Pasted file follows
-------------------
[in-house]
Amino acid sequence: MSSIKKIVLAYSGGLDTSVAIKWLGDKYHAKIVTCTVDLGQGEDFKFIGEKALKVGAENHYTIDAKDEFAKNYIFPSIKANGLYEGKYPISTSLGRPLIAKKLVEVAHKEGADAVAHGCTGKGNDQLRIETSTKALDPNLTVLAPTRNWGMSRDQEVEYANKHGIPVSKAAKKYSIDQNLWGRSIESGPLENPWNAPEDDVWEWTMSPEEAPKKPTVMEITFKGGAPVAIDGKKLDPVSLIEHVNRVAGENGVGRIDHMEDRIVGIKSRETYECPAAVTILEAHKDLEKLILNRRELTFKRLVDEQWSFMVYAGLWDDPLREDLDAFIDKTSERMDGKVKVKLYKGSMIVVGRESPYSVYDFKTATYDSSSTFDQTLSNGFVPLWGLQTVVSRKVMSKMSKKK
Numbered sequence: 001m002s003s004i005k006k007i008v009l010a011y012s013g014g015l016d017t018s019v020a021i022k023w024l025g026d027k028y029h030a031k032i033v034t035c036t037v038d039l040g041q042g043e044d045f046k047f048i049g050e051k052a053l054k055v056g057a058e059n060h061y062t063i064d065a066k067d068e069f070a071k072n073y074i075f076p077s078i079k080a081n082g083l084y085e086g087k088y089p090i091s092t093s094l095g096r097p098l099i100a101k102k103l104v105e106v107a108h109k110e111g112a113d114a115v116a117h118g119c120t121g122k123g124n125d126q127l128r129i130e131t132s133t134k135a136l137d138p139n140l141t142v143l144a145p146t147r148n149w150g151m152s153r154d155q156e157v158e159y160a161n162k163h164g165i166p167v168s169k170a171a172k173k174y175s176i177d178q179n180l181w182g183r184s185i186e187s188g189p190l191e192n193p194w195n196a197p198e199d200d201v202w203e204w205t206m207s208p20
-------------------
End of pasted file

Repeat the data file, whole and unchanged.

[in-house]
Amino acid sequence: MSSIKKIVLAYSGGLDTSVAIKWLGDKYHAKIVTCTVDLGQGEDFKFIGEKALKVGAENHYTIDAKDEFAKNYIFPSIKANGLYEGKYPISTSLGRPLIAKKLVEVAHKEGADAVAHGCTGKGNDQLRIETSTKALDPNLTVLAPTRNWGMSRDQEVEYANKHGIPVSKAAKKYSIDQNLWGRSIESGPLENPWNAPEDDVWEWTMSPEEAPKKPTVMEITFKGGAPVAIDGKKLDPVSLIEHVNRVAGENGVGRIDHMEDRIVGIKSRETYECPAAVTILEAHKDLEKLILNRRELTFKRLVDEQWSFMVYAGLWDDPLREDLDAFIDKTSERMDGKVKVKLYKGSMIVVGRESPYSVYDFKTATYDSSSTFDQTLSNGFVPLWGLQTVVSRKVMSKMSKKK
Numbered sequence: 001m002s003s004i005k006k007i008v009l010a011y012s013g014g015l016d017t018s019v020a021i022k023w024l025g026d027k028y029h030a031k032i033v034t035c036t037v038d039l040g041q042g043e044d045f046k047f048i049g050e051k052a053l054k055v056g057a058e059n060h061y062t063i064d065a066k067d068e069f070a071k072n073y074i075f076p077s078i079k080a081n082g083l084y085e086g087k088y089p090i091s092t093s094l095g096r097p098l099i100a101k102k103l104v105e106v107a108h109k110e111g112a113d114a115v116a117h118g119c120t121g122k123g124n125d126q127l128r129i130e131t132s133t134k135a136l137d138p139n140l141t142v143l144a145p146t147r148n149w150g151m152s153r154d155q156e157v158e159y160a161n162k163h164g165i166p167v168s169k170a171a172k173k174y175s176i177d178q179n180l181w182g183r184s185i186e187s188g189p190l191e192n193p194w195n196a197p198e199d200d201v202w203e204w205t206m207s208p20